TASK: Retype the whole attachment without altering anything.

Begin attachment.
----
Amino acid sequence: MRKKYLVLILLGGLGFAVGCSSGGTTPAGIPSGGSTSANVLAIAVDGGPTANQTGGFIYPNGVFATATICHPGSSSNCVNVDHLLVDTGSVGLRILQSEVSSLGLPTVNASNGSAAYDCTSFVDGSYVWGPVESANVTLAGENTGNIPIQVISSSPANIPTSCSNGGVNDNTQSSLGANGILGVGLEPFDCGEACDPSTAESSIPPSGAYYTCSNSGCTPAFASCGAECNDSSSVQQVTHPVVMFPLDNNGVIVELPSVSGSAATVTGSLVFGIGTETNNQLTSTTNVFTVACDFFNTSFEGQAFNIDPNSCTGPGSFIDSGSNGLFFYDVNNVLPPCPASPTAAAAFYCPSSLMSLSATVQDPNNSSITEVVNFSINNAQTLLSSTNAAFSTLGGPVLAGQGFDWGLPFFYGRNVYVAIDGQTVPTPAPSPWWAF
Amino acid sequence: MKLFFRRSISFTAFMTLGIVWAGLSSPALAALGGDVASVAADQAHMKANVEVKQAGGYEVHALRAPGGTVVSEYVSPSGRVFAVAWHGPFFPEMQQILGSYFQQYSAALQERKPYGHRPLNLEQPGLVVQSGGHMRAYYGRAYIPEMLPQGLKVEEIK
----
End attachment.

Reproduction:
Amino acid sequence: MRKKYLVLILLGGLGFAVGCSSGGTTPAGIPSGGSTSANVLAIAVDGGPTANQTGGFIYPNGVFATATICHPGSSSNCVNVDHLLVDTGSVGLRILQSEVSSLGLPTVNASNGSAAYDCTSFVDGSYVWGPVESANVTLAGENTGNIPIQVISSSPANIPTSCSNGGVNDNTQSSLGANGILGVGLEPFDCGEACDPSTAESSIPPSGAYYTCSNSGCTPAFASCGAECNDSSSVQQVTHPVVMFPLDNNGVIVELPSVSGSAATVTGSLVFGIGTETNNQLTSTTNVFTVACDFFNTSFEGQAFNIDPNSCTGPGSFIDSGSNGLFFYDVNNVLPPCPASPTAAAAFYCPSSLMSLSATVQDPNNSSITEVVNFSINNAQTLLSSTNAAFSTLGGPVLAGQGFDWGLPFFYGRNVYVAIDGQTVPTPAPSPWWAF
Amino acid sequence: MKLFFRRSISFTAFMTLGIVWAGLSSPALAALGGDVASVAADQAHMKANVEVKQAGGYEVHALRAPGGTVVSEYVSPSGRVFAVAWHGPFFPEMQQILGSYFQQYSAALQERKPYGHRPLNLEQPGLVVQSGGHMRAYYGRAYIPEMLPQGLKVEEIK